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When Sesamoiditis Progresses To A Fracture

A patient contacted me after being diagnosed with sesamoiditis over a year ago. His physician gave him a steel toe plate to insert in the shoe so he will not bend his toe too much. The patient notes the plate did help for a little bit.

A couple of months went by and the patient says he got used to the pain. In these situations, we want to get the patient’s pain to 0-2 on the Visual Analogue Scale or the patient may potentially not heal. This is especially true with sesamoids that are slow healers in the first place. The patient iced the injured area as much as he could and he said this helped the pain. He is a pretty active person. The patient said he trained and ran with the injury, and played basketball with the sesamoiditis through all of 2018. He adjusted his gait so as not to put pressure on the injured area, which led to other problems such as calf tightness, knee pain and hip pain. The patient curtailed his activity a couple of months ago since he knew the foot was not really healing so he did not want to risk further injury. He visited the previous doctor on Jan. 30 and an X-ray revealed a sesamoid fracture, for which the doctor recommended surgery. The surgeon  said the foot has a chance of not healing since there is no blood supply to the area. The patient wants to know if there is a chance of the seasamoid healing without surgery?

In reviewing the X-ray the patient sent, there was no gap between the sesamoid fragments and I let the patient know the bone contact is good for healing. Yes, these sesamoid fractures heal slowly so the rest of this year, the patient will be dealing with the sesamoid in one way or the other. Plus, even if this patient needs surgery, he will have the orthotics and dancer's padding that will protect the other sesamoid in high-impact sports his whole life.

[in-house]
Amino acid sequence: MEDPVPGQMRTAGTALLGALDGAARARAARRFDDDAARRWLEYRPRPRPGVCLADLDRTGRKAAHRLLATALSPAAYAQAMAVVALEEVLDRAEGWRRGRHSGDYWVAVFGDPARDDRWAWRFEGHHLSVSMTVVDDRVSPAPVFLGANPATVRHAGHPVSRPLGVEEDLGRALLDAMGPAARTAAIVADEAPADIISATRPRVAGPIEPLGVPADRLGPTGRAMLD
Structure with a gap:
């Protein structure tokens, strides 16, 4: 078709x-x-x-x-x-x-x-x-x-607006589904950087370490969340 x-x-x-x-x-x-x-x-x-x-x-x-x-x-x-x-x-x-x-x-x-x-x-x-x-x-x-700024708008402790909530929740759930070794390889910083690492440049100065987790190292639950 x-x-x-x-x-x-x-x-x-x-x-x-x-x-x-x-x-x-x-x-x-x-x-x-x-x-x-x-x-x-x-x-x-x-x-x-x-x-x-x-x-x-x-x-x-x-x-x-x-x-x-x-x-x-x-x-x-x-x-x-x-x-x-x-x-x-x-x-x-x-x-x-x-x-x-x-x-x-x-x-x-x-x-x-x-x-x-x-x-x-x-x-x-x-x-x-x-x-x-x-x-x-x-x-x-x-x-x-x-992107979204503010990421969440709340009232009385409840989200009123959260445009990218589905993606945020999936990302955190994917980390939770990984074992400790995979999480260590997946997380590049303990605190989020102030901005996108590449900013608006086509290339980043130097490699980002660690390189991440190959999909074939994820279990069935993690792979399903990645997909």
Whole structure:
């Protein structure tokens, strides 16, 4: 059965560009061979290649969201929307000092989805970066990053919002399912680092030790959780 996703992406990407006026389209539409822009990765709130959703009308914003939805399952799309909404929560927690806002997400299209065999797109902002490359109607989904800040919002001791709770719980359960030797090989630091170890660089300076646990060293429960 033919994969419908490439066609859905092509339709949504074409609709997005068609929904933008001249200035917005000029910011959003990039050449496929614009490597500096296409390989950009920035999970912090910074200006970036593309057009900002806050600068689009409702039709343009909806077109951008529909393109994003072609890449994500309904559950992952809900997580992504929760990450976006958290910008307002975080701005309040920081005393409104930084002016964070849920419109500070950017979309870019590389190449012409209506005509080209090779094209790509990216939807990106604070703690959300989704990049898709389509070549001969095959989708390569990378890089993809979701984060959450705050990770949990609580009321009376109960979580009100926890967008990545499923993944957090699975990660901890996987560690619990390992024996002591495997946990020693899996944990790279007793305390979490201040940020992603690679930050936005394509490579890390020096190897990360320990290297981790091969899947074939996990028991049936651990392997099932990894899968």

In order for this patient to attain an 0-2 pain level, I recommended using a bone stimulator, initiation of daily contrast bathing for swelling reduction to improve circulation and getting a vitamin D test. I also recommended cross training with biking, swimming and a flat-footed elliptical.

I also recommended using Dr. Jill's dancer's padding at 1/8-inch and ¼-inch for various shoes, getting good custom orthotics to take pressure off the sesamoid, and looking into Spica taping and Cluffy wedges. Some of my patients with sesamoiditis love some of the Hoka One One shoes. In my clinical experience, I have found that zero drop shoes are better in general than traditional shoes for patients with sesamoiditis.

Editor’s note: This blog originally appeared at . It is adapted with permission from the author.

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